Bewdley Bridge is a
three-span masonry arch bridge over the
River Severn at Bewdley, Worcestershire.
The two side spans are
each 52 feet, with the central span 60 feet. The central arch rises
18 feet. Smaller flood arches on the bank bridge the towpath. The
bridge is 27 feet wide.
There had been bridges
at this location from
, each being destroyed and replaced. Severe
flooding in 1795
destroyed the previous bridge.
That bridge comprised five pointed stone arches. A stone gatehouse
on one pier had been replaced with a stone cottage by the time of a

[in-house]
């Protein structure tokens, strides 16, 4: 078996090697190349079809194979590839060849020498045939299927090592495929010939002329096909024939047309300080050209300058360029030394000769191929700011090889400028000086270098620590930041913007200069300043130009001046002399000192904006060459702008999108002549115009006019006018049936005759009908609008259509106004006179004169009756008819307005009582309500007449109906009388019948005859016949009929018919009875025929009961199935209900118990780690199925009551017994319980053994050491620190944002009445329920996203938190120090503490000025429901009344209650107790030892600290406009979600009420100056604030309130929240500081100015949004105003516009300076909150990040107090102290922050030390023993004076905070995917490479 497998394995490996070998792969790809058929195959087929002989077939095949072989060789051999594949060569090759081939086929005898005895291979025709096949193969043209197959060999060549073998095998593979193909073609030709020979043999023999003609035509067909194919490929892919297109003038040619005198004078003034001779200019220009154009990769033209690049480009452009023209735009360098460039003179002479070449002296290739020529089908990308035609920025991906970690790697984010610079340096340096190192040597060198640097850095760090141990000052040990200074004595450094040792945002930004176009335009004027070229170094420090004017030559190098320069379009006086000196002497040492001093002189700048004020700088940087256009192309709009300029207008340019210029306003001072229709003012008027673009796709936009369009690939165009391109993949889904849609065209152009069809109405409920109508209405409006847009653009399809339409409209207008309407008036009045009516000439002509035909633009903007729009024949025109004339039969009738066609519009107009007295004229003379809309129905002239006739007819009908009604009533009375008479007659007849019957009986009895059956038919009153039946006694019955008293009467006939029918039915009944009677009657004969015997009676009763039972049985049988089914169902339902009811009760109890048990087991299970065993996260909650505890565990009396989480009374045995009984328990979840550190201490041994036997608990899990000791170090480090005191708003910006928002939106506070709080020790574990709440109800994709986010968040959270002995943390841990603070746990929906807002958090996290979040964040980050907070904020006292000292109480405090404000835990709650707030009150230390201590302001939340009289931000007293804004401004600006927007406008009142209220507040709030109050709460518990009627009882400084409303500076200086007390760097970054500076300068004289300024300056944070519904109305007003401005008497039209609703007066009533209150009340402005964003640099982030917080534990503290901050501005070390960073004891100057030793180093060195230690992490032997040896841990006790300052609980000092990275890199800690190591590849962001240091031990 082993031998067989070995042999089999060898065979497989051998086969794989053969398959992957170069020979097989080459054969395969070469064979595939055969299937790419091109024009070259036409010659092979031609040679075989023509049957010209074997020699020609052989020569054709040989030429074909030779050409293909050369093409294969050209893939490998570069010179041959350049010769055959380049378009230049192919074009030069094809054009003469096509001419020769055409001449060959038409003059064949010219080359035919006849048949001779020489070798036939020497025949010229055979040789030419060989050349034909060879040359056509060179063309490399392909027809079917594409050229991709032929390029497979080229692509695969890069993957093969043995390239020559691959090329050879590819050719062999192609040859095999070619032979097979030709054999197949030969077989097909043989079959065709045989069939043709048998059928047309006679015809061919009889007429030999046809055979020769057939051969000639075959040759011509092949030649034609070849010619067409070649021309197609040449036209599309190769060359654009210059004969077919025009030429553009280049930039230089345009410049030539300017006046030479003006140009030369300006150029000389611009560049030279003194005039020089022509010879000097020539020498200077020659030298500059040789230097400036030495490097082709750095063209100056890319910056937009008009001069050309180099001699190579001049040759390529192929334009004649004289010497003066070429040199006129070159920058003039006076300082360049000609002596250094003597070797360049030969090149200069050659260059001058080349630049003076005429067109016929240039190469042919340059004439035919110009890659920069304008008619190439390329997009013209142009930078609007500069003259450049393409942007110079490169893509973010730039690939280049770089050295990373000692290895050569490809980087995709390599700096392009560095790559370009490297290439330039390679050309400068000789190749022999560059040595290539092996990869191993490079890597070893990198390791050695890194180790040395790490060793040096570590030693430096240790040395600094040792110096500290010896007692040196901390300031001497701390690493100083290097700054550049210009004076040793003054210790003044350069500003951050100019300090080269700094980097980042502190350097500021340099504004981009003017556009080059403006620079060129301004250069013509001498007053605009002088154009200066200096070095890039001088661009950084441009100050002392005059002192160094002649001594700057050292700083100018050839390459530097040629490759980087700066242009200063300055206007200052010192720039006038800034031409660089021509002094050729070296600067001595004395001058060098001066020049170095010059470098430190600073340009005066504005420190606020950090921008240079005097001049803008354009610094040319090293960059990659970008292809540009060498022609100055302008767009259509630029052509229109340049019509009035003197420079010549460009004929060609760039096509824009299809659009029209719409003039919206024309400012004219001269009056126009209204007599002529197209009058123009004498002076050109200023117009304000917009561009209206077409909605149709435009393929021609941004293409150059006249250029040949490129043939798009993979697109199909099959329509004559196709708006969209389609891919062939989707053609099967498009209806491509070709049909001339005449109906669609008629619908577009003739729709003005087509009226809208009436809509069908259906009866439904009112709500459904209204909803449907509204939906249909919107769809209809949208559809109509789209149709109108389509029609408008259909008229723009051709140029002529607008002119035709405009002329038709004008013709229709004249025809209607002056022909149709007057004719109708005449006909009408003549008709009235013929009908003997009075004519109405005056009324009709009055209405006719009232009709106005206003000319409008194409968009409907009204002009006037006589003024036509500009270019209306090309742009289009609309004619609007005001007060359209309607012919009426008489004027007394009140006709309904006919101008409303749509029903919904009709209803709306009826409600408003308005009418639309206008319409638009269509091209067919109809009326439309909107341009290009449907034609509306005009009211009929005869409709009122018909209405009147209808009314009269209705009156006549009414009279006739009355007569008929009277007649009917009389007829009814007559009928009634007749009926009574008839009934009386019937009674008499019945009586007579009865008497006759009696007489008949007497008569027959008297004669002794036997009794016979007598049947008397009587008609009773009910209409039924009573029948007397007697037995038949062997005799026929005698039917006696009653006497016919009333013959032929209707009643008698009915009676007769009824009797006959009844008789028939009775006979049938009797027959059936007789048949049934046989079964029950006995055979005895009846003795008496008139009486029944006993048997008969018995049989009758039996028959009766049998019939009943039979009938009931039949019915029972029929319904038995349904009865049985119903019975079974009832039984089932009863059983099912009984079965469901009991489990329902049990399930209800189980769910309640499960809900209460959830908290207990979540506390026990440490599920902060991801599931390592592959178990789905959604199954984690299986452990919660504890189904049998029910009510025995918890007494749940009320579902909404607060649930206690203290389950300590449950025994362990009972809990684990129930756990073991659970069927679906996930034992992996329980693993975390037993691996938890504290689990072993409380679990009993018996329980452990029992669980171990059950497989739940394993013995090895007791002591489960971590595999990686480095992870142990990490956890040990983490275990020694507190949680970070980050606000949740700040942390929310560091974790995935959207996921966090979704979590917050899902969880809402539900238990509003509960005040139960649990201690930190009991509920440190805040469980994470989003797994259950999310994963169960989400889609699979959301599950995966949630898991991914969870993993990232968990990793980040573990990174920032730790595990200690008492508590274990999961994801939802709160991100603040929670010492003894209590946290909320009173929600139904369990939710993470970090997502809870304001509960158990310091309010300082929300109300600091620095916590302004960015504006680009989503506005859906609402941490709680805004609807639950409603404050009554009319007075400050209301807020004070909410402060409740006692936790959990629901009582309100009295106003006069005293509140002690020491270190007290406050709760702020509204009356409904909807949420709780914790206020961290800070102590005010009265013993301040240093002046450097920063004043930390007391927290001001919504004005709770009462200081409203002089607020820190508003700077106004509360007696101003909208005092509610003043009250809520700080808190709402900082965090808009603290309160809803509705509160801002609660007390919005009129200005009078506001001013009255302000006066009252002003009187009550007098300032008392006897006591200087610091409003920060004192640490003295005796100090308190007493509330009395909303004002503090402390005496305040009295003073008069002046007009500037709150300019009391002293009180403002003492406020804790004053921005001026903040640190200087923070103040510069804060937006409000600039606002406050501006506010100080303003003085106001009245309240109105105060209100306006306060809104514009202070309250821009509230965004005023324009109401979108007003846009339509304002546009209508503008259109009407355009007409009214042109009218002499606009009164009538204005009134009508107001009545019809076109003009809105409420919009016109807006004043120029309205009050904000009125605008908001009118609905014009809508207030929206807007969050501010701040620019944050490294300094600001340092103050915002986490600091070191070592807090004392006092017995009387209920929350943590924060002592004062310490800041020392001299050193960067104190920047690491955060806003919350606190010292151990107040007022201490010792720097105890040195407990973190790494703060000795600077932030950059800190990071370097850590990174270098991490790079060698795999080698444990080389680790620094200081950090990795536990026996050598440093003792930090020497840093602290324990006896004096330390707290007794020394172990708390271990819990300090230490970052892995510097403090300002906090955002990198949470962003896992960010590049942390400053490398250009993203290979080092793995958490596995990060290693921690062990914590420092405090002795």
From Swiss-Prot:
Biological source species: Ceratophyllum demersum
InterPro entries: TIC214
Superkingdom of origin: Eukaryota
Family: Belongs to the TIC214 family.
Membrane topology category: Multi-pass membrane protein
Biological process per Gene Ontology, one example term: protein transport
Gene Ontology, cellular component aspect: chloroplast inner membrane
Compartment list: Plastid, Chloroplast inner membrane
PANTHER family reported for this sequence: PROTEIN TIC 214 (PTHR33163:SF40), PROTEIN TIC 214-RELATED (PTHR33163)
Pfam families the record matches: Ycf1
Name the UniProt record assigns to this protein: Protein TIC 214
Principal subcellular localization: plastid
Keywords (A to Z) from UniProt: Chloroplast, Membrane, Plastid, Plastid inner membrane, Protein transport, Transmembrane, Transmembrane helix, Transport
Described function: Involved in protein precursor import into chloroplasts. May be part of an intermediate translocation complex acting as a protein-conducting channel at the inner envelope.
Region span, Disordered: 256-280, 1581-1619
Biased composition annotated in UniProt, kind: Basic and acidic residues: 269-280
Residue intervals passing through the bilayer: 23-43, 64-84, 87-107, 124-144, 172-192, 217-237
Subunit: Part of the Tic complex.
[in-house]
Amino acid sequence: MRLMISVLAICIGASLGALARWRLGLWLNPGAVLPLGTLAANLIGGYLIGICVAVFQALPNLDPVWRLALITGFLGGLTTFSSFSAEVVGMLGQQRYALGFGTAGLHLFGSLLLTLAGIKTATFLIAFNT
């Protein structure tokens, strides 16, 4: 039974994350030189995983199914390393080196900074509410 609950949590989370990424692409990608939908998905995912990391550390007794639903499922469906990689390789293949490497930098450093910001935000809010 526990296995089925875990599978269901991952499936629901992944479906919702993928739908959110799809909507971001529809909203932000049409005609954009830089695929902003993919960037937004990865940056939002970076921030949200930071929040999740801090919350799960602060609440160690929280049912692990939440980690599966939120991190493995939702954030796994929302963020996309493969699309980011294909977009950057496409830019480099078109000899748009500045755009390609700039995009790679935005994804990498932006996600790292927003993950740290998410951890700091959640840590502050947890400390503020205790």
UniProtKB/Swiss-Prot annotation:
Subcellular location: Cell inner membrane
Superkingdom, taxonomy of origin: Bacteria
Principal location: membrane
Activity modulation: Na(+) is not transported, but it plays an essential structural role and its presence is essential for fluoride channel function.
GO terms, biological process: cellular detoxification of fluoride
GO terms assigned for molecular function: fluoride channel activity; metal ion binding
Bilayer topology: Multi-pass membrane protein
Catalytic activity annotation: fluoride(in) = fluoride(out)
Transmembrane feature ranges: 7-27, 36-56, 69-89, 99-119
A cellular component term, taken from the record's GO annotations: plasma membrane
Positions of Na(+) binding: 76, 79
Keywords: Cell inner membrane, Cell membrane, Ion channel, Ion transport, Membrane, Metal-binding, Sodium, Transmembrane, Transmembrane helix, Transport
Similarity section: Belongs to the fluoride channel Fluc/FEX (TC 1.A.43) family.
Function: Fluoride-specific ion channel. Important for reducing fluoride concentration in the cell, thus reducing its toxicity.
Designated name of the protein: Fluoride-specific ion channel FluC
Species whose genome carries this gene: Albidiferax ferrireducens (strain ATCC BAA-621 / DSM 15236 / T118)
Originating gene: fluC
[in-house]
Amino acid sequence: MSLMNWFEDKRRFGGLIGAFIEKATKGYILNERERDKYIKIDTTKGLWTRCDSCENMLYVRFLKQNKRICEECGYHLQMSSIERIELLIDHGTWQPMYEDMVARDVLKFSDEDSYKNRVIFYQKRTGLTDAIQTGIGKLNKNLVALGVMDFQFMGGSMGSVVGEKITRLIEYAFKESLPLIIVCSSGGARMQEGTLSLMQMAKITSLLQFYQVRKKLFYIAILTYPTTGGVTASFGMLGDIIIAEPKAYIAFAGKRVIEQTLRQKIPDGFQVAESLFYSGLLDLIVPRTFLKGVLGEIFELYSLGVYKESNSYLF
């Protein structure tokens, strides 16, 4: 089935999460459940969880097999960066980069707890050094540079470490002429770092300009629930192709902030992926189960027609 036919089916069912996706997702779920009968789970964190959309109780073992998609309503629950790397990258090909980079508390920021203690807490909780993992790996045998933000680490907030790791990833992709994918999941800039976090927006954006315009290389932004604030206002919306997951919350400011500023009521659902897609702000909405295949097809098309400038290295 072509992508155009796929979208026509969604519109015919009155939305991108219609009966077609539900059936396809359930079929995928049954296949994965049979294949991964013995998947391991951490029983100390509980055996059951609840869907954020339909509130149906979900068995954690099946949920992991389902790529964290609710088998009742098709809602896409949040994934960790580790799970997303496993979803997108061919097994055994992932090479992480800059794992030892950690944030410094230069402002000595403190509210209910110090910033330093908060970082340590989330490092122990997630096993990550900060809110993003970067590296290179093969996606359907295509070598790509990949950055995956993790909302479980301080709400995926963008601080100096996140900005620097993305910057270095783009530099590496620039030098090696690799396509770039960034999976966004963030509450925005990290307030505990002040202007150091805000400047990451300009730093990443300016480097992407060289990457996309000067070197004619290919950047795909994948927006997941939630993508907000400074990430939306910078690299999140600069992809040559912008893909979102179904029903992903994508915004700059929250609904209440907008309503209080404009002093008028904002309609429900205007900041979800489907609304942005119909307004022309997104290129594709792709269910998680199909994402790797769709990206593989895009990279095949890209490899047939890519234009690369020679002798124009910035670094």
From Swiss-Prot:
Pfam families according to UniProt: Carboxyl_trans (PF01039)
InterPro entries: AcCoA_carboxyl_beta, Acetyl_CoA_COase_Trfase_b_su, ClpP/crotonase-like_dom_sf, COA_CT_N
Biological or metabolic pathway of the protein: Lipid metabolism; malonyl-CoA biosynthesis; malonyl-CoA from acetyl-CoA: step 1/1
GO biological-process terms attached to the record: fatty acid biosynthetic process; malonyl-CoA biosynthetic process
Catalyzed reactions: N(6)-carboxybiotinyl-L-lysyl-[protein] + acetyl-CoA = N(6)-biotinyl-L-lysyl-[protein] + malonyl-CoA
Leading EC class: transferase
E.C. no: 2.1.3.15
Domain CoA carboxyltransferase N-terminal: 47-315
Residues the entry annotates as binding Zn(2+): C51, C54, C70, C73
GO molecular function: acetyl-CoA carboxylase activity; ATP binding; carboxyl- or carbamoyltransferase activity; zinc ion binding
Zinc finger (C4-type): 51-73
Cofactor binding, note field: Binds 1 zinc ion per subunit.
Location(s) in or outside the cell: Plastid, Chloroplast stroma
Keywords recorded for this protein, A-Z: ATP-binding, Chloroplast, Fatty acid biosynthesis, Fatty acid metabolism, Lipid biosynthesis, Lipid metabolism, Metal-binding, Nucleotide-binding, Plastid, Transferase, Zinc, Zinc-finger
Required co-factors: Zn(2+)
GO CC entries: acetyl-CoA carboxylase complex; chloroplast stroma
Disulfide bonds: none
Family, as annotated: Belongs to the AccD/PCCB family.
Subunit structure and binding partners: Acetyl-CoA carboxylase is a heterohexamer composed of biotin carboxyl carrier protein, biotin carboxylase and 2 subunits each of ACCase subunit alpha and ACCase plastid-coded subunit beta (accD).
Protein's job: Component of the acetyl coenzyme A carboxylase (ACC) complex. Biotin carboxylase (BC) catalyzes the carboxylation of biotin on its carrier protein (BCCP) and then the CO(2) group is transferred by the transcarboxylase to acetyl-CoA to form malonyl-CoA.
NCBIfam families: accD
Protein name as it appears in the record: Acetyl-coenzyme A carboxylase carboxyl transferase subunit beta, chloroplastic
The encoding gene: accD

print. One of the arches had also been
damaged by the Royalists in 1644
and rebuilt in
Parts of a fifteenth century bridge were rediscovered in 2004
during excavations for new flood defences.
Thomas Telford designed the current bridge,
which was built in 1798 by Shrewsbury-based contractor John Simpson for £11,000.
Its toll house was demolished in the 1960s.
- Cragg, R., Civil Engineering Heritage - Wales & West
Central England, Thomas Telford Publishing, 2nd edn., 1997,
- Jervoise, E., Ancient Bridges of Wales & Western
England, EP Publishing Ltd., 1976 (first published 1936) ISBN
- Witts, C., A Century of Bridges, River Severn
Publications, 2nd edn., 1998, ISBN 0-9532711-0-2